Sometimes it feels like working with SELinux is much like playing Wack-A-Mole. You manage to squash a bug/issue and another one appears elsewhere.
A similar situation happened to one of our customers when he tried connecting via FTP from his PHP code (through Apache).
After much debugging and a lot more Google-ing it turned out it was just a matter of enabling the right SELinux boolean setting.
In order to verify that it really was SELinux fault, we usually keep an eye on the "/var/log/audit/audit.log" log file and then temporarily set SELinux to "Permissive" with:
In our case things started working as expected so we knew that it was SELinux fault, though we had no "AVC (denial)" error in the audit.log file, neither in Enforce nor in Permissive.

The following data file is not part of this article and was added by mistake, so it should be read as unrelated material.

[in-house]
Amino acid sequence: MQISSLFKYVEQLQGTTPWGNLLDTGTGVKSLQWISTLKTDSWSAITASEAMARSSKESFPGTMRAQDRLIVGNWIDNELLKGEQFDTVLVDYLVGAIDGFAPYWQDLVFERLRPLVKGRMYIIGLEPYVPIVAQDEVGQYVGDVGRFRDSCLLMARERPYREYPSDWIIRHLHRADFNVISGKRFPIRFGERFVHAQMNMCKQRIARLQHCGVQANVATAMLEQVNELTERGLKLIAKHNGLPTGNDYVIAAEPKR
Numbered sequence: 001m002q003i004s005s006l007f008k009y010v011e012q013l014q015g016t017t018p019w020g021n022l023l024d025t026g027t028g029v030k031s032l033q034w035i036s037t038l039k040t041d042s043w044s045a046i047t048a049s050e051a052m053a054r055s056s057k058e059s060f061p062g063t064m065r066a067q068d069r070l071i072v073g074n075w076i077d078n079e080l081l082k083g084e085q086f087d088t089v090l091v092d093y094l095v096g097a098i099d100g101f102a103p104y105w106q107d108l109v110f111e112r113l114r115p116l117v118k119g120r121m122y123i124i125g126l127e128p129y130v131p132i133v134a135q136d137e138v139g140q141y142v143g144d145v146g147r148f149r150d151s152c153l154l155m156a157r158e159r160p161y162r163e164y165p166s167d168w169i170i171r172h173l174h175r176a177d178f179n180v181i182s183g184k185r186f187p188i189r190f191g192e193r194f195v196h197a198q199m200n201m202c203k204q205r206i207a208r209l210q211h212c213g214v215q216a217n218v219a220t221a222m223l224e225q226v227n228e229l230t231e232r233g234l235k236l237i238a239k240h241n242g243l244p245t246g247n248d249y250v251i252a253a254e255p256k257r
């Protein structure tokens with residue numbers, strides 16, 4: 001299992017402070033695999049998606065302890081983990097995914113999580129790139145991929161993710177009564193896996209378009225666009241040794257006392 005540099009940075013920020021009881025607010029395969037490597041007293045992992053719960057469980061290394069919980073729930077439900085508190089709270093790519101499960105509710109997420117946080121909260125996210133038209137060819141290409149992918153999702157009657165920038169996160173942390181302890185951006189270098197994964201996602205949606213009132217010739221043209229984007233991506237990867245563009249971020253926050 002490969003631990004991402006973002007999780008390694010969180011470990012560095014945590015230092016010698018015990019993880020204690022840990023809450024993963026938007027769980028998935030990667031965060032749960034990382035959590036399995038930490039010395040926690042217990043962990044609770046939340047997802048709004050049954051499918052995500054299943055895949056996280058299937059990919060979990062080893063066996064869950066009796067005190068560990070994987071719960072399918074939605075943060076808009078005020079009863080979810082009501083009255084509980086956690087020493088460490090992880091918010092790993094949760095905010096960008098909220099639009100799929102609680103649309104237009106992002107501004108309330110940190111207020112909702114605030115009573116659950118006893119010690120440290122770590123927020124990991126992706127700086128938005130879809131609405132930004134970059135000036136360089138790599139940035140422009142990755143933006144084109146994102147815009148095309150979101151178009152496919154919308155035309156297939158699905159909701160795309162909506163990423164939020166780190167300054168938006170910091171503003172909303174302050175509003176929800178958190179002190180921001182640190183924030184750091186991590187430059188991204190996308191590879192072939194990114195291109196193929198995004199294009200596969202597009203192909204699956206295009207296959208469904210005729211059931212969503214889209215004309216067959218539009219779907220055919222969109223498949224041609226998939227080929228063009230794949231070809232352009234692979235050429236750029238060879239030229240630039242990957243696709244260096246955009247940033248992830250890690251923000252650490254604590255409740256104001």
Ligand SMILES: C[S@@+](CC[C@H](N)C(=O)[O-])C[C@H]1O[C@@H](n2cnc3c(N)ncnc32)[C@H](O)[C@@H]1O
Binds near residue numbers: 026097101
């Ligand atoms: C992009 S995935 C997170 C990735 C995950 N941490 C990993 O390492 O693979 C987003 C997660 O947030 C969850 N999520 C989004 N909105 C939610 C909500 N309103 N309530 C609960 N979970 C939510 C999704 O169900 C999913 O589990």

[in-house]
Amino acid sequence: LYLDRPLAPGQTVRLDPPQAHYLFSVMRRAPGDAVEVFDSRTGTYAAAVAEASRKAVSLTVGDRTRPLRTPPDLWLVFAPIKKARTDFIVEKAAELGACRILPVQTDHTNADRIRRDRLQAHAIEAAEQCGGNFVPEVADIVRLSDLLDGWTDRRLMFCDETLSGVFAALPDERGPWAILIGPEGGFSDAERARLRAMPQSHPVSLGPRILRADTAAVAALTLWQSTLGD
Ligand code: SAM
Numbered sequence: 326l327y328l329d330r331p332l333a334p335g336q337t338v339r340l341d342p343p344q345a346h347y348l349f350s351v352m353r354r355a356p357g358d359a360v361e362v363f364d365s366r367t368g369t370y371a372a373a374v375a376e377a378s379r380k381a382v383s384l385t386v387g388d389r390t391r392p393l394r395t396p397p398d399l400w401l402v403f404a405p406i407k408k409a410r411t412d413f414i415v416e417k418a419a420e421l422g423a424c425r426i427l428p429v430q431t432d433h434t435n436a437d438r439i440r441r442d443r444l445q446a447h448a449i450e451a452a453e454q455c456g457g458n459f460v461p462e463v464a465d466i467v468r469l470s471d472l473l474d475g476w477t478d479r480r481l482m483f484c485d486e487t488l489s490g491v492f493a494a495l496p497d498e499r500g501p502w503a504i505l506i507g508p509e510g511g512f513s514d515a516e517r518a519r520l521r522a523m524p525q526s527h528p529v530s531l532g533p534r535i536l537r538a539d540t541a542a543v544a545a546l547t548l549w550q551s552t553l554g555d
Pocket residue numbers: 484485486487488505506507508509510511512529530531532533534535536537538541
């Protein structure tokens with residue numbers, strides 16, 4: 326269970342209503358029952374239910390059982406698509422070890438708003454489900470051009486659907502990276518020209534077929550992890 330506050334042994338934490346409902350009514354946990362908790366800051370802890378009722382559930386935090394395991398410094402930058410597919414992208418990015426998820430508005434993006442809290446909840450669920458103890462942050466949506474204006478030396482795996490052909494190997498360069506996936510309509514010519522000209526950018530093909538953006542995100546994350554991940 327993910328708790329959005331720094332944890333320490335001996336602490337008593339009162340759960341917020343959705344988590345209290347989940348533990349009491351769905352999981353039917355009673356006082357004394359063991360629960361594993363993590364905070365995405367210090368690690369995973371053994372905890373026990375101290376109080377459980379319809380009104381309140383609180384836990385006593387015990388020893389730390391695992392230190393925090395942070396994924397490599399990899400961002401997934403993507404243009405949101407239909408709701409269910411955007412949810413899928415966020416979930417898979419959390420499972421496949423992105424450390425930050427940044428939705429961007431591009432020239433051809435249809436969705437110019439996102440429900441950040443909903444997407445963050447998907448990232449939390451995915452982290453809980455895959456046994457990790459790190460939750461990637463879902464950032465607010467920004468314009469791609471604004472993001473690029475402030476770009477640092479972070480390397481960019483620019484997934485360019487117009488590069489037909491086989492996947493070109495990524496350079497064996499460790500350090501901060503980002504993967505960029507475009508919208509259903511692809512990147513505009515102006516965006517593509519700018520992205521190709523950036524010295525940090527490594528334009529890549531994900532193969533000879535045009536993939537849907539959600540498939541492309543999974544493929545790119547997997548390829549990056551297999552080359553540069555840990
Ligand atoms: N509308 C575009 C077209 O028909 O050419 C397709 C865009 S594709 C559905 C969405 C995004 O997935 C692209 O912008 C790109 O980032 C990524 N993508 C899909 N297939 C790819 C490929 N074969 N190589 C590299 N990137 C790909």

When this kind of situations happens it's usually a matter of finding which SELinux booleans needs to be toggled.
To discover which SELinux booleans is blocking the wanted behavior we need to temporarily disable the "dontaudit" setting by using:
and then continue looking at the audit.log file. In our case we found that the interested setting was "httpd_can_network_connect".
First we verified that it really was set to off:
If it is actually set to "off" then go on with the next steps, otherwise you'll probably need to investigate somewhere else.
Next set the SELinux boolean to "on" and put SELinux back to "Enforce" by running:
setsebool httpd_can_network_connect=1 setenforce 1
Now check again the the code is still running as expected and if so set the SELinux boolean to stick between reboots:
setsebool -P httpd_can_network_connect=1
If you toggled the "dontaudit" setting, remember to re-enable it or you'll end up with a very noisy log file:
If everything went well your PHP code trying to connect via FTP should now be working. If that's not the case, keep searching for errors and let us know in the comments what was your problem.
Feel free to skim through our other articles for some ideas and hints: